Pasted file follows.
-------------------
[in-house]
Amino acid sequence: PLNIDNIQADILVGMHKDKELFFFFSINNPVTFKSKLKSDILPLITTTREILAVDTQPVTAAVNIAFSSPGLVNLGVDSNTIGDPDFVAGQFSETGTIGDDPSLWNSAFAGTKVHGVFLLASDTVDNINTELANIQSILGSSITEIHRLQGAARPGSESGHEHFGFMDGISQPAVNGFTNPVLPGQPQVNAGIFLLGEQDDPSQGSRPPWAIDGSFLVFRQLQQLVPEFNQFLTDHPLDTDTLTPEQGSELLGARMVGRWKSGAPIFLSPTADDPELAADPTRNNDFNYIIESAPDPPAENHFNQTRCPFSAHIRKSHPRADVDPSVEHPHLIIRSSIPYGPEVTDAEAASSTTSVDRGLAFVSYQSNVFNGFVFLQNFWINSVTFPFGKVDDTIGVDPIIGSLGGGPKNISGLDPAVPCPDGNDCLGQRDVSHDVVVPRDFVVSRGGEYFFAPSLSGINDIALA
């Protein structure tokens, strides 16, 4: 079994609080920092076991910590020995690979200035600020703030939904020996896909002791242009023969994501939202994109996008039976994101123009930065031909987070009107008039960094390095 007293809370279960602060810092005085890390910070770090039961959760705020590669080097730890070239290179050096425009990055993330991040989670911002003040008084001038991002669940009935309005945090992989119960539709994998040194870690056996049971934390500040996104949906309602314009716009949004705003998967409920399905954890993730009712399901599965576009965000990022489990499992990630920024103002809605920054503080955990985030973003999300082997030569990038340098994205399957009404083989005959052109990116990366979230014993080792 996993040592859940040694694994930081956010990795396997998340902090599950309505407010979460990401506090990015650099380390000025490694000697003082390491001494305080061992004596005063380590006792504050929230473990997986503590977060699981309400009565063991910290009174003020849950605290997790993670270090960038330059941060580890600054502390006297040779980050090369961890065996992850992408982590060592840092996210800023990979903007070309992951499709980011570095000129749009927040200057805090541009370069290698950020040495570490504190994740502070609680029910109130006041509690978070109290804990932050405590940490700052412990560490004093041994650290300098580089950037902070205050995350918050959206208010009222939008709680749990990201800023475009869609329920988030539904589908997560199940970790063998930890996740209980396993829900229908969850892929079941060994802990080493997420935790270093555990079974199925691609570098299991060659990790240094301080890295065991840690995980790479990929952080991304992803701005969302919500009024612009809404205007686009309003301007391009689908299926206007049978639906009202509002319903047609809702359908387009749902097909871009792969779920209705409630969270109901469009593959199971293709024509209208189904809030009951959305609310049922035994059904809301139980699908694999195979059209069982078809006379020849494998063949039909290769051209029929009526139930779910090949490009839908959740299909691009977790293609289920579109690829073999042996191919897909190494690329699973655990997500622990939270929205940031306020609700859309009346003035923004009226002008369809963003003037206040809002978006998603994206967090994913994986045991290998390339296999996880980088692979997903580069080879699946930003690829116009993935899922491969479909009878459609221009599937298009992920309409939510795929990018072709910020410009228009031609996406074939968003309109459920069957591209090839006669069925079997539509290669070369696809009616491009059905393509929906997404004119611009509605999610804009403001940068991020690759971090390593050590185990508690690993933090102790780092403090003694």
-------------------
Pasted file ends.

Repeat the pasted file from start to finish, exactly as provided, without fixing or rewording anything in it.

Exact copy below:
[in-house]
Amino acid sequence: PLNIDNIQADILVGMHKDKELFFFFSINNPVTFKSKLKSDILPLITTTREILAVDTQPVTAAVNIAFSSPGLVNLGVDSNTIGDPDFVAGQFSETGTIGDDPSLWNSAFAGTKVHGVFLLASDTVDNINTELANIQSILGSSITEIHRLQGAARPGSESGHEHFGFMDGISQPAVNGFTNPVLPGQPQVNAGIFLLGEQDDPSQGSRPPWAIDGSFLVFRQLQQLVPEFNQFLTDHPLDTDTLTPEQGSELLGARMVGRWKSGAPIFLSPTADDPELAADPTRNNDFNYIIESAPDPPAENHFNQTRCPFSAHIRKSHPRADVDPSVEHPHLIIRSSIPYGPEVTDAEAASSTTSVDRGLAFVSYQSNVFNGFVFLQNFWINSVTFPFGKVDDTIGVDPIIGSLGGGPKNISGLDPAVPCPDGNDCLGQRDVSHDVVVPRDFVVSRGGEYFFAPSLSGINDIALA
């Protein structure tokens, strides 16, 4: 079994609080920092076991910590020995690979200035600020703030939904020996896909002791242009023969994501939202994109996008039976994101123009930065031909987070009107008039960094390095 007293809370279960602060810092005085890390910070770090039961959760705020590669080097730890070239290179050096425009990055993330991040989670911002003040008084001038991002669940009935309005945090992989119960539709994998040194870690056996049971934390500040996104949906309602314009716009949004705003998967409920399905954890993730009712399901599965576009965000990022489990499992990630920024103002809605920054503080955990985030973003999300082997030569990038340098994205399957009404083989005959052109990116990366979230014993080792 996993040592859940040694694994930081956010990795396997998340902090599950309505407010979460990401506090990015650099380390000025490694000697003082390491001494305080061992004596005063380590006792504050929230473990997986503590977060699981309400009565063991910290009174003020849950605290997790993670270090960038330059941060580890600054502390006297040779980050090369961890065996992850992408982590060592840092996210800023990979903007070309992951499709980011570095000129749009927040200057805090541009370069290698950020040495570490504190994740502070609680029910109130006041509690978070109290804990932050405590940490700052412990560490004093041994650290300098580089950037902070205050995350918050959206208010009222939008709680749990990201800023475009869609329920988030539904589908997560199940970790063998930890996740209980396993829900229908969850892929079941060994802990080493997420935790270093555990079974199925691609570098299991060659990790240094301080890295065991840690995980790479990929952080991304992803701005969302919500009024612009809404205007686009309003301007391009689908299926206007049978639906009202509002319903047609809702359908387009749902097909871009792969779920209705409630969270109901469009593959199971293709024509209208189904809030009951959305609310049922035994059904809301139980699908694999195979059209069982078809006379020849494998063949039909290769051209029929009526139930779910090949490009839908959740299909691009977790293609289920579109690829073999042996191919897909190494690329699973655990997500622990939270929205940031306020609700859309009346003035923004009226002008369809963003003037206040809002978006998603994206967090994913994986045991290998390339296999996880980088692979997903580069080879699946930003690829116009993935899922491969479909009878459609221009599937298009992920309409939510795929990018072709910020410009228009031609996406074939968003309109459920069957591209090839006669069925079997539509290669070369696809009616491009059905393509929906997404004119611009509605999610804009403001940068991020690759971090390593050590185990508690690993933090102790780092403090003694």